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Busby is the English name for the Hungarian prémes csákó ("fur shako") or kucsma, a military head-dress made of fur, originally worn by Hungarian hussars. In its original Hungarian form the busby was a cylindrical fur cap, having a bag of coloured cloth hanging from the top. The end of this bag was attached to the right shoulder as a defense against sabre cuts. In Great Britain busbies are of two kinds: (a) the hussar busby, cylindrical in shape, with a bag; this is worn by hussars and the Royal Horse Artillery; (b) the rifle busby, a folding cap of astrakhan (curly lambswool) formerly worn by rifle regiments, in shape somewhat resembling a Glengarry but taller. Both have straight plumes in the front of the headdress.
The popularity of this military headdress in its hussar form reached a height in the years immediately before World War I (1914–18). It was widely worn in the British (hussars, yeomanry, and horse artillery), German (hussars), Russian (hussars), Dutch (cavalry and artillery), Belgian (Guides and field artillery), Bulgarian (Life Guards), Romanian (cavalry), Austro-Hungarian (Hungarian generals) Serbian (Royal Guards), Spanish (hussars) and Italian (light cavalry) armies.
Possibly the name's original sense of a "busby wig" came from association with Dr Richard Busby, headmaster of Westminster School in the late seventeenth century; the later phrase buzz wig may have been derived from busby. An alternative explanation is that the British hussar cap of the early 19th century was named after the hatter who supplied the officer's version—W. Busby of the Strand London. The modern British busby is worn with full dress by the Waterloo Band of The Rifles, the Royal Horse Artillery and ceremonial detachments at regimental expense. In its hussar version it is now made of black nylon fur, although Bandmasters still retain the original animal fur.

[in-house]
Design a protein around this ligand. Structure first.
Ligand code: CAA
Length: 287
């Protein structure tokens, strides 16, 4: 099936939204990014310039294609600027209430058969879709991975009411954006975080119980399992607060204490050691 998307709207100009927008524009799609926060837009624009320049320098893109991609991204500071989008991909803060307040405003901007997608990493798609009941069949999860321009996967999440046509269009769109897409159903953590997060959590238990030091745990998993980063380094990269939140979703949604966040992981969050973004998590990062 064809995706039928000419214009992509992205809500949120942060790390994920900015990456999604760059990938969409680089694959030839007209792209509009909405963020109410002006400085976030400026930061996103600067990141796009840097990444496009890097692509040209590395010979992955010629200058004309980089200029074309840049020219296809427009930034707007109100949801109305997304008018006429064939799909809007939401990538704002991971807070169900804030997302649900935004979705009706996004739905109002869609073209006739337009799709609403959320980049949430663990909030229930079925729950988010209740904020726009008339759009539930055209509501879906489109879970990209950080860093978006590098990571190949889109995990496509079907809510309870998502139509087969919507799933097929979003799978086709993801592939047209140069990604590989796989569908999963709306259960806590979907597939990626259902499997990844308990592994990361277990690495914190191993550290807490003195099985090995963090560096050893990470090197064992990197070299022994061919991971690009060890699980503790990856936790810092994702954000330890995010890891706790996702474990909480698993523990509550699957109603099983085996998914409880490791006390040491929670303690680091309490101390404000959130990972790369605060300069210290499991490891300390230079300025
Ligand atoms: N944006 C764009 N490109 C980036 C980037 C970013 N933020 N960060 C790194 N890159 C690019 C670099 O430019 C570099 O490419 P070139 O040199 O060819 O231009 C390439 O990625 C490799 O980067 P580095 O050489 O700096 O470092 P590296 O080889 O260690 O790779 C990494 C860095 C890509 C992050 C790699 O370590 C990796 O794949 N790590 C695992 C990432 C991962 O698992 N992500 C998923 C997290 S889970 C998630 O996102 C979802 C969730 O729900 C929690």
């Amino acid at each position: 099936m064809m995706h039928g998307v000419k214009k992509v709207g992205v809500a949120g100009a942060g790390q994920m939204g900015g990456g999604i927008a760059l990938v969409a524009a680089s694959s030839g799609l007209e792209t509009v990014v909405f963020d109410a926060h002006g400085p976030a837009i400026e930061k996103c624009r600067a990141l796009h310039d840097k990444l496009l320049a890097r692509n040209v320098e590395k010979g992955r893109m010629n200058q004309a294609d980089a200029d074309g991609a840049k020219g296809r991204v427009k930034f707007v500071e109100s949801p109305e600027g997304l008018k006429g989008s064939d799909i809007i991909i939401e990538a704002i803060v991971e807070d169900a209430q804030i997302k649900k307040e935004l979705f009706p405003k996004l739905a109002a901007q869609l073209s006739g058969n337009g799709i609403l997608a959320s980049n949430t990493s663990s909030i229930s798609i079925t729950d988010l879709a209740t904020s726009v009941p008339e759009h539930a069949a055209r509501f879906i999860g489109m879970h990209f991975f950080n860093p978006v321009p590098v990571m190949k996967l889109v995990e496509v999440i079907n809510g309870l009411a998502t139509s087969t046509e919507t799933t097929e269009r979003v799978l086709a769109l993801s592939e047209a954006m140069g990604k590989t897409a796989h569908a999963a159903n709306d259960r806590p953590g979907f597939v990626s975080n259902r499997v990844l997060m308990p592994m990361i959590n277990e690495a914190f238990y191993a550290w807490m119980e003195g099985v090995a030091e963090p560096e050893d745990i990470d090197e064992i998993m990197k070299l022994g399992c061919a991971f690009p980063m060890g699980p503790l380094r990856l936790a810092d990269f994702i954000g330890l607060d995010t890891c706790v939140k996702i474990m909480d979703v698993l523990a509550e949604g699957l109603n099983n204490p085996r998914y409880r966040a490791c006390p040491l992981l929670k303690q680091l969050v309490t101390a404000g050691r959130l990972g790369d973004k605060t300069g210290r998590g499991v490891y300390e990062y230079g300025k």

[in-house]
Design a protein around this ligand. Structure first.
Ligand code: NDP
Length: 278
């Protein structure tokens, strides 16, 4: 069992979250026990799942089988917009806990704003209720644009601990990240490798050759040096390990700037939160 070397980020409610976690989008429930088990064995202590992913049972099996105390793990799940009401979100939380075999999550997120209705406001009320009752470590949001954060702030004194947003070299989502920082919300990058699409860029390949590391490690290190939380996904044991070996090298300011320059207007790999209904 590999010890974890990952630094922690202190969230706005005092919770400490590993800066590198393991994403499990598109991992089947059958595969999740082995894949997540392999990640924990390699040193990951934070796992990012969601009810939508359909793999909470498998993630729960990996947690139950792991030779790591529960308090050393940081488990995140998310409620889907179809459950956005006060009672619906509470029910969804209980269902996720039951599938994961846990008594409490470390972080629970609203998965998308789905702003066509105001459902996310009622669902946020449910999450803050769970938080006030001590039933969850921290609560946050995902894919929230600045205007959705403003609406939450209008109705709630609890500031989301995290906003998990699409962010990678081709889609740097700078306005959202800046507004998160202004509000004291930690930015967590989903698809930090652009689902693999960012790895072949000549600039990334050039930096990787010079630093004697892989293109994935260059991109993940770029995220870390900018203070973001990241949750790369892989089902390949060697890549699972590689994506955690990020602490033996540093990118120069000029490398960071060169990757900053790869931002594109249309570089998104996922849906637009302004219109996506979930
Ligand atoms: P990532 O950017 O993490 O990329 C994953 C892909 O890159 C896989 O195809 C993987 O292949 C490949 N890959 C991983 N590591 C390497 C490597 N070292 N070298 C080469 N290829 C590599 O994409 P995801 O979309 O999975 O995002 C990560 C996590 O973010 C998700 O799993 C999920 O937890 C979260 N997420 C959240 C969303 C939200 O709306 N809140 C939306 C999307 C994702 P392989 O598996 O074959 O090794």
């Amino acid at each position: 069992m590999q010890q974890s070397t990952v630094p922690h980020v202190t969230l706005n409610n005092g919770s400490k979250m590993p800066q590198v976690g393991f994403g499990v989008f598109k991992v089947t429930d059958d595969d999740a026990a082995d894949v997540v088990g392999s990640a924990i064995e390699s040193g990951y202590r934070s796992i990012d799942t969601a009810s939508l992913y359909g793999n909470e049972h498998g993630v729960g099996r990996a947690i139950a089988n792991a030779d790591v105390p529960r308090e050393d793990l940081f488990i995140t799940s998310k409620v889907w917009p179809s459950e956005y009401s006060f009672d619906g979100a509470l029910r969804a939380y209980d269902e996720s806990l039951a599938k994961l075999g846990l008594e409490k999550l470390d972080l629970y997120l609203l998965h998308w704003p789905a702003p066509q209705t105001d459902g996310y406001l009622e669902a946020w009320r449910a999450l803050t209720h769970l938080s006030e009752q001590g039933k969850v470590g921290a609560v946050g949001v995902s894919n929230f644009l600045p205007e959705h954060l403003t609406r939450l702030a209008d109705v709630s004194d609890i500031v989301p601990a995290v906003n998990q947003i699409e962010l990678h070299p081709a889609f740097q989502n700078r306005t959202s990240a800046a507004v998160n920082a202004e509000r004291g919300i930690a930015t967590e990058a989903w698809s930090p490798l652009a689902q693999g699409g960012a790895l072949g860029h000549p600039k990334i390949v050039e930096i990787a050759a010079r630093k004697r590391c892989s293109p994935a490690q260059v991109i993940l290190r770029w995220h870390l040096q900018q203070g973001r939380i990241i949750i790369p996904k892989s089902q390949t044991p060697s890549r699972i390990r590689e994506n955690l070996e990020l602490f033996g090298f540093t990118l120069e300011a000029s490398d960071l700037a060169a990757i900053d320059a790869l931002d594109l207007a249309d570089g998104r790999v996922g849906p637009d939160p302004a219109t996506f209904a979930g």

The busby should not be mistaken for the much taller bearskin cap, worn most notably by the five regiments of Foot Guards of the Household Division (Grenadier, Coldstream, Scots, Irish and Welsh Guards). Around 1900 the word "busby" was used colloquially to denote the tall bear and racoonskin "caps" worn by foot guards and fusiliers and the feather bonnets of Highland infantry. This usage is now obsolete.
- One or more of the preceding sentences incorporates text from a publication now in the public domain: Chisholm, Hugh, ed. (1911). "Busby". Encyclopædia Britannica. 4 (11th ed.). Cambridge University Press. p. 869.
- Wendy Skilton, page 42 British Military Band Uniforms: Cavalry Regiments, ISBN 1 85780 006 0